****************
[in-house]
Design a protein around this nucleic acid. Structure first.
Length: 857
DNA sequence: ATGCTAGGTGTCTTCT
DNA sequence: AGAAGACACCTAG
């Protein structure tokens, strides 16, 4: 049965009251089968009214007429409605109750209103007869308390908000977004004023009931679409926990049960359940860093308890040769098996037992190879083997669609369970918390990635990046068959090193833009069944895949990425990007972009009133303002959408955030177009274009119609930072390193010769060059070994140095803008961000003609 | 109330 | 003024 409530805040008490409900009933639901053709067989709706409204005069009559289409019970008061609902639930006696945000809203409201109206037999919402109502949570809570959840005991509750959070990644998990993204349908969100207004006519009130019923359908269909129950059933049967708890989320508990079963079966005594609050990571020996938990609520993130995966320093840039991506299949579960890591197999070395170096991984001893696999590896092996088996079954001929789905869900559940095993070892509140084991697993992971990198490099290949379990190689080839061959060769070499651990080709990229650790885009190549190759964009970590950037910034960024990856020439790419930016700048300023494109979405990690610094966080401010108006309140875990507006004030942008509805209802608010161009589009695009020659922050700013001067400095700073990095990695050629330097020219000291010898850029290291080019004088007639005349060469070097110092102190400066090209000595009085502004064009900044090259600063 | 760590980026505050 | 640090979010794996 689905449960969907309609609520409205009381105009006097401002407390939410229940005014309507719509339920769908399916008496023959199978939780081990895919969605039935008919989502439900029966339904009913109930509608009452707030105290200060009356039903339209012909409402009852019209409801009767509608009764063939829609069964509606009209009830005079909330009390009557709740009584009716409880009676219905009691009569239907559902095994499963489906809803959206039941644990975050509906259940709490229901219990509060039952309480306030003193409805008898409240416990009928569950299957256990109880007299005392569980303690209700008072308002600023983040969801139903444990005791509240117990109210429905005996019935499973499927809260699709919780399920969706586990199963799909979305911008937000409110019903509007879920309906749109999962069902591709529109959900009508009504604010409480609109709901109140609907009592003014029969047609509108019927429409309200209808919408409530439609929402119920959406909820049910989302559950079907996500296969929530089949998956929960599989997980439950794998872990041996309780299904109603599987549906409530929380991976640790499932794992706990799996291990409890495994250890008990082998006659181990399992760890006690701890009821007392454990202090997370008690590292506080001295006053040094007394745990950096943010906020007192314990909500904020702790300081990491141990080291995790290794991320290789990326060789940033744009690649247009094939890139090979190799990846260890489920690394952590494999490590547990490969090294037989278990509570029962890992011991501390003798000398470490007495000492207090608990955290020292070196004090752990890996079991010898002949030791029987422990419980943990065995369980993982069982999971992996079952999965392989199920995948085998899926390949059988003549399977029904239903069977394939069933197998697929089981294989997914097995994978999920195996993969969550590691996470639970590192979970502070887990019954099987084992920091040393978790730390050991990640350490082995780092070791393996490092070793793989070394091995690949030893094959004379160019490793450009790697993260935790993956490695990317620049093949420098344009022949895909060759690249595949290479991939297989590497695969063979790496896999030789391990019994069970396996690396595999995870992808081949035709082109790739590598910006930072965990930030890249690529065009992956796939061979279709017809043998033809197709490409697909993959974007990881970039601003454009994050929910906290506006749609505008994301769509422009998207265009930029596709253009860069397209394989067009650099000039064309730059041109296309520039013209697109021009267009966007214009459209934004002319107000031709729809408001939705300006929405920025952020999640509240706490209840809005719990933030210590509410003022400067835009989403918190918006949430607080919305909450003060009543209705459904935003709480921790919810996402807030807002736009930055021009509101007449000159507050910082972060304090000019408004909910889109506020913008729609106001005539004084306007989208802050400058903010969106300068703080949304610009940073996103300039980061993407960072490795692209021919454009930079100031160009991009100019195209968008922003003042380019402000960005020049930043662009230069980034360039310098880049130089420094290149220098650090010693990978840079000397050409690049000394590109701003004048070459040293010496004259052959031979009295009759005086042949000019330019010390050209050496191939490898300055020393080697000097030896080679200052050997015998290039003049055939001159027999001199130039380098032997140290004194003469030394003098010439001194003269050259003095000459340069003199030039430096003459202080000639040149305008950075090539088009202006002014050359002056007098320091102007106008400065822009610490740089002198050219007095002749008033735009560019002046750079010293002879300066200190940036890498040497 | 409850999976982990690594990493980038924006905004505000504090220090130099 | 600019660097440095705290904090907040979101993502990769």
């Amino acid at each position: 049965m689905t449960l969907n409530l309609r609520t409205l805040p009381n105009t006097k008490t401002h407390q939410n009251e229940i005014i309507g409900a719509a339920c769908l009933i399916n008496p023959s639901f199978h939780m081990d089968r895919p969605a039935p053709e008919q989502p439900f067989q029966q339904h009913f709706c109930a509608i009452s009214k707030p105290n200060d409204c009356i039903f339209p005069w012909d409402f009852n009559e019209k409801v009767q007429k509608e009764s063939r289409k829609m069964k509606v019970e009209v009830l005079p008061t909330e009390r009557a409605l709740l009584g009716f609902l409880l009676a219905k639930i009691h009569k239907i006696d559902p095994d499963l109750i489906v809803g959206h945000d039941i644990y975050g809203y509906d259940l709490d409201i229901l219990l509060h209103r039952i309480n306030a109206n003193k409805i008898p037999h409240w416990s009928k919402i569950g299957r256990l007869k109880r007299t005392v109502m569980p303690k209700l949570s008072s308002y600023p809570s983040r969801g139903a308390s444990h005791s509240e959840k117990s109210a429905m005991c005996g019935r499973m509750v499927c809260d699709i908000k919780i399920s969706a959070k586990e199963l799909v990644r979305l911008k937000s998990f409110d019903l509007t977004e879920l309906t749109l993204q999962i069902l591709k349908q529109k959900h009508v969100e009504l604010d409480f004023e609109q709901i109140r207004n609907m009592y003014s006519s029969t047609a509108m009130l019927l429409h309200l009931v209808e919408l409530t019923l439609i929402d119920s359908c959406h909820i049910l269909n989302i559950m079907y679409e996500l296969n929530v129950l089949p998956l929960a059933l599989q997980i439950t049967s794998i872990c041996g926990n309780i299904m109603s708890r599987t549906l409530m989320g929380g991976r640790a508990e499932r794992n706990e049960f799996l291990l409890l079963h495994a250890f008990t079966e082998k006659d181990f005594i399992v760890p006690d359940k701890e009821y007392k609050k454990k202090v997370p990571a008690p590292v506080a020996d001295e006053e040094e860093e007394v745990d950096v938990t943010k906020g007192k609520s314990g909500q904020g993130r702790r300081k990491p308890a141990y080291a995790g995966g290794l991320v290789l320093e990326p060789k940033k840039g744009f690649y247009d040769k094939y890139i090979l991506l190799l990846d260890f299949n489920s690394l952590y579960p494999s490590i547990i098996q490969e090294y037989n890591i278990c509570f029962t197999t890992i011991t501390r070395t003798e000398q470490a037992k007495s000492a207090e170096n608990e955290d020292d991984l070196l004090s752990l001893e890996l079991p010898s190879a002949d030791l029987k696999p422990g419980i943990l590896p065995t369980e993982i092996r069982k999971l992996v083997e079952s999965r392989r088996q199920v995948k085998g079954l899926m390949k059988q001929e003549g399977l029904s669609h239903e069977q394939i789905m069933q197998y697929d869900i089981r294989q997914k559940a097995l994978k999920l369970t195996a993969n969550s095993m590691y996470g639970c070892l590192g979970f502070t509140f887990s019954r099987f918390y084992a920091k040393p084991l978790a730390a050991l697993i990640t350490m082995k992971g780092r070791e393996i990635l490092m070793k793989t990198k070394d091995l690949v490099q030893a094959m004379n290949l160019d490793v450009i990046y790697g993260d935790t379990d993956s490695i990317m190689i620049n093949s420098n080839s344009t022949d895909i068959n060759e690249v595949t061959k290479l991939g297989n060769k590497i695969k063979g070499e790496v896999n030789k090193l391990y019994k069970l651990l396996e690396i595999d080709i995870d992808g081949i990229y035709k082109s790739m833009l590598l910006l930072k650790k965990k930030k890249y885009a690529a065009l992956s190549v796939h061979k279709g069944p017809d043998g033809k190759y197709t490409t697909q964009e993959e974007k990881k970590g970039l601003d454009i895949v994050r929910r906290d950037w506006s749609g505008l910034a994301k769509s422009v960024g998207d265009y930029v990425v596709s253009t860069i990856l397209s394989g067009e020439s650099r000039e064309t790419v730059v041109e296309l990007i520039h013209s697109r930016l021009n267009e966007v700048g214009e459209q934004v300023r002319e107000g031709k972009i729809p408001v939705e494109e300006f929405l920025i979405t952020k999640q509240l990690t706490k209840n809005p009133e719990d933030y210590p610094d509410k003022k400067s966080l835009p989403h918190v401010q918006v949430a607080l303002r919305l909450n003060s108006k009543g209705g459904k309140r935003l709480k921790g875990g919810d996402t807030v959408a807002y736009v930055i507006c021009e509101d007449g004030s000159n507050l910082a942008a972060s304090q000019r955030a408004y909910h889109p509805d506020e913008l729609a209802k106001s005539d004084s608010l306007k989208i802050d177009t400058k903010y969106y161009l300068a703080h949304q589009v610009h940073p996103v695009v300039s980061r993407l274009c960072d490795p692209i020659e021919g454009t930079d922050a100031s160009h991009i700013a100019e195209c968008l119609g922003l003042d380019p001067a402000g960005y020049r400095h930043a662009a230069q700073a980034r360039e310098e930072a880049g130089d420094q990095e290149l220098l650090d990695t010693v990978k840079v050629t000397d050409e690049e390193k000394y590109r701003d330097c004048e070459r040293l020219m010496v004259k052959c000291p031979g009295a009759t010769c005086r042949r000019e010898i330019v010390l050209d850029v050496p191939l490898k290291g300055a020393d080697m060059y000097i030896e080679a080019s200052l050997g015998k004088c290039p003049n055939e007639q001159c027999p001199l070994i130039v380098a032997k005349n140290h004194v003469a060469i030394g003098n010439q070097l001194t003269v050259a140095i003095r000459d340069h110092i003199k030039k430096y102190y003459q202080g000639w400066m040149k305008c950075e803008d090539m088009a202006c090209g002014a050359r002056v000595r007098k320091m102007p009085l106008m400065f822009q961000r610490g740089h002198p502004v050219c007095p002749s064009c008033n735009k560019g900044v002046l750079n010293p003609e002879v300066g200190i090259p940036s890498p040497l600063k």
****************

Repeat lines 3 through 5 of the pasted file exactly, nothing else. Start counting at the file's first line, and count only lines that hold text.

Length: 857
DNA sequence: ATGCTAGGTGTCTTCT
DNA sequence: AGAAGACACCTAG